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Home closings increase in 2020 along coastal SC counties despite COVID pandemic | Myrtle Beach Business

Myrtle Beach Realtor Travis Muir put a condo up for sale in September at Blue Water Resort on Ocean Boulevard and within an hour, it was sold.

Not an every day occurrence, the realtor for The Hoffman Group admits. But, after all, it’s 2020 and anything can happen.

“The biggest thing is pricing it within realistic market price,” Muir said, adding 2020 has been his best year for sales, pushing nearly triple what he normally does.

“With this one being an investment property, the price point for the rate of return… I think one of the biggest things, too, is the interest rates are lower than they have been in a very long time. That gives people more incentive to go ahead and make that jump. They were thinking of buying in a two- or three-year window, but now with the interest rates so low, people are moving faster.”

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Funeral Home Hands out Flyers at COVID Denier Protest

An Italian funeral home handed out flyers advertising its services at a ‘March of Liberation’ rally for COVID-deniers in Rome on Saturday.



a group of people standing in front of a building: A woman with a sign saying "it's a dictatorship not a pandemic" participates at Let's Free Italy!, Liberation March for Work, Income, Sovereignty, Democracy, in Piazza San Giovanni on October 10, 2020, in Rome, Italy. A man handed out flyers advertising a local funeral home at the protest in Rome.


© Simona Granati-Corbis/Getty
A woman with a sign saying “it’s a dictatorship not a pandemic” participates at Let’s Free Italy!, Liberation March for Work, Income, Sovereignty, Democracy, in Piazza San Giovanni on October 10, 2020, in Rome, Italy. A man handed out flyers advertising a local funeral home at the protest in Rome.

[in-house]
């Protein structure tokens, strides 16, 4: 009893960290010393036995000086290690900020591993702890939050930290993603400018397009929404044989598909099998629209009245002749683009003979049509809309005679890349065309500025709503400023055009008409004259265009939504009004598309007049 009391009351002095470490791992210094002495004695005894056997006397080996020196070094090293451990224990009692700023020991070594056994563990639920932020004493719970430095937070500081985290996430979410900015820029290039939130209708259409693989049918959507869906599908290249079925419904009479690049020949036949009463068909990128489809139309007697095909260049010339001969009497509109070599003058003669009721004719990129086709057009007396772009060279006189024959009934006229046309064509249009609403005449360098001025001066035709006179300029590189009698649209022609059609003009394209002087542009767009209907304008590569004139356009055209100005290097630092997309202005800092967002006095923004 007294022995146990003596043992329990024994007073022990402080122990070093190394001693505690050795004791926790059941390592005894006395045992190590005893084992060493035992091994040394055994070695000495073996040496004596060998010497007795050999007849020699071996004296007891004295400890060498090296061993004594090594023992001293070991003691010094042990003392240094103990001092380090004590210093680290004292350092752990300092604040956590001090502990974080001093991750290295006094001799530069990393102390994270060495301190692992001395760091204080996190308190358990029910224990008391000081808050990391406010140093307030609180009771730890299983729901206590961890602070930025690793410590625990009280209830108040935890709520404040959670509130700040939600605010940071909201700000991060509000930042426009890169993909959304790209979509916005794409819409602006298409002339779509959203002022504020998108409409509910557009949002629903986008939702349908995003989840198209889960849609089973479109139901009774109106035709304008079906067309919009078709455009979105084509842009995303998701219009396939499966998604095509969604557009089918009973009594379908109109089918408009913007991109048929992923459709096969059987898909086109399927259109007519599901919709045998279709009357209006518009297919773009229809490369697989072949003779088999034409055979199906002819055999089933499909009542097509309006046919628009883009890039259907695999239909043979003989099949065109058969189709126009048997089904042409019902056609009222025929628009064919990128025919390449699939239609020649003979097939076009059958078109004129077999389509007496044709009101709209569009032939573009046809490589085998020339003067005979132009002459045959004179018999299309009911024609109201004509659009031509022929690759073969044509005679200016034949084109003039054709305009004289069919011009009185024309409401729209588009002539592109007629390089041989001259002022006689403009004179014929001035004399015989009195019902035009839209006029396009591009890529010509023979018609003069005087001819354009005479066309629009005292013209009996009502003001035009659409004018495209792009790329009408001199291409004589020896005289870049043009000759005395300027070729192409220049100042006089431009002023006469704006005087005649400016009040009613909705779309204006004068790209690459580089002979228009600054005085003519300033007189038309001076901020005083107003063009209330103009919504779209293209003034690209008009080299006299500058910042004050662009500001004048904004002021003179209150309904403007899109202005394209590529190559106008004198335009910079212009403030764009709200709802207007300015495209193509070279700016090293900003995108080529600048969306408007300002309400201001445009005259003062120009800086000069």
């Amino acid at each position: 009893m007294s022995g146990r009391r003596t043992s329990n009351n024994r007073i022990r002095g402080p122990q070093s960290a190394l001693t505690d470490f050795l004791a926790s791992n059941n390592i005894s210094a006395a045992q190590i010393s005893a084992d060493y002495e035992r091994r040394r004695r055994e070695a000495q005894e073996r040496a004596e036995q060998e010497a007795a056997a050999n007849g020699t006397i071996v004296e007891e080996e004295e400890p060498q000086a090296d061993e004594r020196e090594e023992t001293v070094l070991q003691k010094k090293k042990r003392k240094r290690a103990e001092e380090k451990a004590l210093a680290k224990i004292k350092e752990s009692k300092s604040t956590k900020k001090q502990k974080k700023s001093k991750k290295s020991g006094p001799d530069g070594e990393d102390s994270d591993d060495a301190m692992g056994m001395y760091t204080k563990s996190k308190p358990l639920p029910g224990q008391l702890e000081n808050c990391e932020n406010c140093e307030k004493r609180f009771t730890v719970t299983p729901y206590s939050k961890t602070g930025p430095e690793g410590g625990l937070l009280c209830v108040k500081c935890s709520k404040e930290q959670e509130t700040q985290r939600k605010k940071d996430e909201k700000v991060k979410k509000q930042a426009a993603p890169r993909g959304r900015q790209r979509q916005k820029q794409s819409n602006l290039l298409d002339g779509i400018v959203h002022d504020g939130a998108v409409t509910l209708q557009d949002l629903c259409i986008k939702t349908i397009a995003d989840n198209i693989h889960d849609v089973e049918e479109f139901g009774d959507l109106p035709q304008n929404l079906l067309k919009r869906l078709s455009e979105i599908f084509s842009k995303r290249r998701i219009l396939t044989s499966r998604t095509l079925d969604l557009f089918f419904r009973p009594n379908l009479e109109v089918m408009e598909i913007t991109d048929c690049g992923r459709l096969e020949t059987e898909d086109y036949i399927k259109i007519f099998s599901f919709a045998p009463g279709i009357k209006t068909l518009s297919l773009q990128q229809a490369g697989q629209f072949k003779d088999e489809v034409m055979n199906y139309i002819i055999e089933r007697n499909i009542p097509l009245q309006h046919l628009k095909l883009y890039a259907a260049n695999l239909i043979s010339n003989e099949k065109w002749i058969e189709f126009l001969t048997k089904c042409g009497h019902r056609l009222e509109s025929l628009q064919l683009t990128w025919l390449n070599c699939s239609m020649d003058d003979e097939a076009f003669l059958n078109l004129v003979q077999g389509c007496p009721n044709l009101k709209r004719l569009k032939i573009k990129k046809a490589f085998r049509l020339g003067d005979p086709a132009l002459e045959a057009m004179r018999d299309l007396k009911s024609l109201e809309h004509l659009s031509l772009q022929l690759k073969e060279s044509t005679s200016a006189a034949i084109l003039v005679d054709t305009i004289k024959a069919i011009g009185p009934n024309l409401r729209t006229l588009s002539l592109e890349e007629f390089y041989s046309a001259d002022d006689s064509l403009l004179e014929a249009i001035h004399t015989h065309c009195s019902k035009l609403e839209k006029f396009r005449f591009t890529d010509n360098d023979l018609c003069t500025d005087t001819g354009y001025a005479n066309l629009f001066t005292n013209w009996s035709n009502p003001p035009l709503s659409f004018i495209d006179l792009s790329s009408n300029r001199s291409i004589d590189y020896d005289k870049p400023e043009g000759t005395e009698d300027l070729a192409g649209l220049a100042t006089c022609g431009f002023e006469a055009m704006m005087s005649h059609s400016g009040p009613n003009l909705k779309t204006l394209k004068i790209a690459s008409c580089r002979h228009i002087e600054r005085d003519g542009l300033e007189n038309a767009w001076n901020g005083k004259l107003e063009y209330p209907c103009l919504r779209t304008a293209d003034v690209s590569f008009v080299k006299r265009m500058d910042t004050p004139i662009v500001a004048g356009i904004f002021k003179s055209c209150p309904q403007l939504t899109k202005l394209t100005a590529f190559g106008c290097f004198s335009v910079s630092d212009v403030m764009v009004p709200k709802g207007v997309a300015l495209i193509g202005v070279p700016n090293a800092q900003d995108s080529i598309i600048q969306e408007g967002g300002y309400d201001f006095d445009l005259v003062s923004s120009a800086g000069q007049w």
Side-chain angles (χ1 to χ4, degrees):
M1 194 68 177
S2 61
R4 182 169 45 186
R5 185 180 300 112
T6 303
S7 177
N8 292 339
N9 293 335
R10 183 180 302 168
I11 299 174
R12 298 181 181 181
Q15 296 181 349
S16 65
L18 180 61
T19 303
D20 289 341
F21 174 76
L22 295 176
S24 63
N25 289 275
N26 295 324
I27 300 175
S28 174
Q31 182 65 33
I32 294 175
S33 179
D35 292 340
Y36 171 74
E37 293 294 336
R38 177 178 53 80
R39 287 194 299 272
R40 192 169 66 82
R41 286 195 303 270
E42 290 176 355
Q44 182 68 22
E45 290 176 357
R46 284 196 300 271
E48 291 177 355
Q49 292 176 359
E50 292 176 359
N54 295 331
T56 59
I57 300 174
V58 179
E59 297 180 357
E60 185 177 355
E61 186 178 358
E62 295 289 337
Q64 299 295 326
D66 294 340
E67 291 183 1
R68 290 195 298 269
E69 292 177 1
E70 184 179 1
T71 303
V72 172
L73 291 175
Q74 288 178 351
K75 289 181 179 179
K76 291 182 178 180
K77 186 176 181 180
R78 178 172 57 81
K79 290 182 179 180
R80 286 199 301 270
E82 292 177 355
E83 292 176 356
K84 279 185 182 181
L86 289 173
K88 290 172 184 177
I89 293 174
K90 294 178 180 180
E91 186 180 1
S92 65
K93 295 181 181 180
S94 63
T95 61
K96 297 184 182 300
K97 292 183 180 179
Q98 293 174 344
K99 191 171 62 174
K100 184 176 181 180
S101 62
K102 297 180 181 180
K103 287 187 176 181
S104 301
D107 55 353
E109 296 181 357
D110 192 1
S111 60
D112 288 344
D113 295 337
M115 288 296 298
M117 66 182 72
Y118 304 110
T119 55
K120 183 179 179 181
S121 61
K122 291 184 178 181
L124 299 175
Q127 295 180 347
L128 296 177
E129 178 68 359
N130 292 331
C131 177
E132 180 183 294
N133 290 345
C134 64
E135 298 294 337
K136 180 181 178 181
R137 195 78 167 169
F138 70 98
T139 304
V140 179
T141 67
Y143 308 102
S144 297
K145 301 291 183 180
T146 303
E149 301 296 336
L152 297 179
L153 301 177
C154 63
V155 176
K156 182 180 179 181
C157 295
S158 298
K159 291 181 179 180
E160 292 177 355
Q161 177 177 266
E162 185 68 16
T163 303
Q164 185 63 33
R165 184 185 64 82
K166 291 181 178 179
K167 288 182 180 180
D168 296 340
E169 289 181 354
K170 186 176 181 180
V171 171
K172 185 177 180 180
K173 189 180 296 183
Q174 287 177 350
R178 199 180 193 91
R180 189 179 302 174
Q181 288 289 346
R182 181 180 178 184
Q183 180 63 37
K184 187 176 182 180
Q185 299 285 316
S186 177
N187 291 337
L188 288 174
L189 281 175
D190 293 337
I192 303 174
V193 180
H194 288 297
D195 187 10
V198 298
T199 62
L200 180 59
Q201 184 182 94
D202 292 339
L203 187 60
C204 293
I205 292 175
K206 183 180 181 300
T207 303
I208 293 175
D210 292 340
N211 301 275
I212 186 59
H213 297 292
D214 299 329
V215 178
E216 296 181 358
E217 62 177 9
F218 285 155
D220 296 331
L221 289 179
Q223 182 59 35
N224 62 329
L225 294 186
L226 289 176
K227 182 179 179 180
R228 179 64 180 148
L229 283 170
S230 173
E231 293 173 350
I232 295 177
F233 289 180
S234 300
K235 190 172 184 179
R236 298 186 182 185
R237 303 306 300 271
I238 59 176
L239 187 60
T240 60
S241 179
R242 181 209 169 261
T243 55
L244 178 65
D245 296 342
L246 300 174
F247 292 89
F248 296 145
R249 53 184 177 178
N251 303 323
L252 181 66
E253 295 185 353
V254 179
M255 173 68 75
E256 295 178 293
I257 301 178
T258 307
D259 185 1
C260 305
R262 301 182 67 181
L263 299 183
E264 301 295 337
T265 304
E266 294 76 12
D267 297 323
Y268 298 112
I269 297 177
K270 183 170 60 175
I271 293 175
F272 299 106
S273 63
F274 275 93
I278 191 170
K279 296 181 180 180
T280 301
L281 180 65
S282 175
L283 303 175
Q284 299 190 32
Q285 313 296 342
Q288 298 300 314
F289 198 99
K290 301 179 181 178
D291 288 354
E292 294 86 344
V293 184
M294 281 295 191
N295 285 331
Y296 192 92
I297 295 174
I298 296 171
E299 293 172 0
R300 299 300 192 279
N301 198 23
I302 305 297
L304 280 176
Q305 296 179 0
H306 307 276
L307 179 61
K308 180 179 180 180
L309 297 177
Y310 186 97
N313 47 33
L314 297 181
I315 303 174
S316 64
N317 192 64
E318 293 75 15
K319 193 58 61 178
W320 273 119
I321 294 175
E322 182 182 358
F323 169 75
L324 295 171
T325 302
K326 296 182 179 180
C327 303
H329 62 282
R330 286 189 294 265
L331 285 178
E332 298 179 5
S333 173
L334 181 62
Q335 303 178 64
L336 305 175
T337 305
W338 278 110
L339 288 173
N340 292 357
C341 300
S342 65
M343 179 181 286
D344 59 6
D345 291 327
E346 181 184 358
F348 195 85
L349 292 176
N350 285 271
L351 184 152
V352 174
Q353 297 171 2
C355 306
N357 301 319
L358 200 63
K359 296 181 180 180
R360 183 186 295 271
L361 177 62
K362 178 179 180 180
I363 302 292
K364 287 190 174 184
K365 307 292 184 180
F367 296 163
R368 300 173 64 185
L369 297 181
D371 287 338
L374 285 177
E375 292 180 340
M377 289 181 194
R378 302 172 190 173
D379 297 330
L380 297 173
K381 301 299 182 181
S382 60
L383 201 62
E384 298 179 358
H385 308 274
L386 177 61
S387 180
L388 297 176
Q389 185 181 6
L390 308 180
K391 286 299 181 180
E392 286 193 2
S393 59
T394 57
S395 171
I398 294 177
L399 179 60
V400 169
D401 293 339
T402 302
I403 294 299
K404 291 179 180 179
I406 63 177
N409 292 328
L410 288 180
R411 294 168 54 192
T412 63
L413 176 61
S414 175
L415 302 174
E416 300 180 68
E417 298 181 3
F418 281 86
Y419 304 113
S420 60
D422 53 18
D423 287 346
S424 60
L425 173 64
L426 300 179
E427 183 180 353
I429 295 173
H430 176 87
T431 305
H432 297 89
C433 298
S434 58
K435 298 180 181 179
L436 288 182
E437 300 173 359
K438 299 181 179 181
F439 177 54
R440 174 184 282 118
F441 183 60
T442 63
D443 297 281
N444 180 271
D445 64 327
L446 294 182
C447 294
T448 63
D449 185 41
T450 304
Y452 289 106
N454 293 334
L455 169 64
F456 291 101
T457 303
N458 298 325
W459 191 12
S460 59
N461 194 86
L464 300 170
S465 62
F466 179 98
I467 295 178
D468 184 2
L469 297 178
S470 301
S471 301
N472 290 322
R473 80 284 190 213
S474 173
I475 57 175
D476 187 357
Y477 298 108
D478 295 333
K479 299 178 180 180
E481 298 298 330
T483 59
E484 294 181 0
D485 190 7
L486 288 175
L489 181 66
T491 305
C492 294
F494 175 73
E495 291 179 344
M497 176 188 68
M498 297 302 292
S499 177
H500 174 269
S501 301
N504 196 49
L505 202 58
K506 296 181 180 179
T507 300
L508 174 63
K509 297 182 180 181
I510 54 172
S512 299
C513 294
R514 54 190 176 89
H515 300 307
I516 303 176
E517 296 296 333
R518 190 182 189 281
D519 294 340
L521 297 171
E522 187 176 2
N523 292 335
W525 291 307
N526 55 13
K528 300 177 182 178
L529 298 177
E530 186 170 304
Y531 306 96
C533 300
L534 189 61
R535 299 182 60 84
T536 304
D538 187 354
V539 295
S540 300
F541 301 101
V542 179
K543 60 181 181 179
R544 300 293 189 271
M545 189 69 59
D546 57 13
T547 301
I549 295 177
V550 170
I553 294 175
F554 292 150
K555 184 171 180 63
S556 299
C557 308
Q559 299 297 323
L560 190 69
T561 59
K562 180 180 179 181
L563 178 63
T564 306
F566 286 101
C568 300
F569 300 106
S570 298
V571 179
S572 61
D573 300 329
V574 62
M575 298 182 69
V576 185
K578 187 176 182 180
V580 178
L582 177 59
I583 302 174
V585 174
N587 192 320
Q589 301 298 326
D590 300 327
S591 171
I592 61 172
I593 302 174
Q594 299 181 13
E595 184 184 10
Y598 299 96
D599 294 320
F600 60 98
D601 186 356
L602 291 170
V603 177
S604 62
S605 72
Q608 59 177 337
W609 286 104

On Twitter, the Taffo funeral home shared a photo of a man handing out flyers at the rally and simply said: “Flyer for the March of Liberation! Business is Business.”

The organizers of the rally say it was held in protest of the government, the European Union, and neoliberalism, and while organizers said that they do not deny the existence of the coronavirus, they denounce its political use and appear to deny the severity of

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winners and losers in the COVID economy

Although European capitals are loath to reintroduce the national lockdowns imposed in March, they are targeting restrictions on hospitality, entertainment and travel.

“No government wants to go back to where they were in March given the impact on the economy,” said Melanie Debono, European economist at Capital Economics. “But any restrictions may take longer to unwind so the virus doesn’t uptick again.”

Where we have seen policies to contain the virus, people have quickly returned to normal.

— Frederic Neumann, HSBC

By contrast, countries in the Asia-Pacific region – including New Zealand and Vietnam as well as Taiwan, South Korea and China – suppressed COVID-19 to lower levels and then maintained tighter controls against a resurgence. While Europe enjoyed its summer holidays, Asia kept international travel on hold.

Taiwan closed its borders early and followed that up with well-organised contact tracing, quarantine and social distancing to eliminate a few initial

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Home saliva COVID tests are just as accurate as nasal swabs

As the pandemic rages on, research on different types of coronavirus tests continues in an effort to increase testing capacity and minimize contact with others.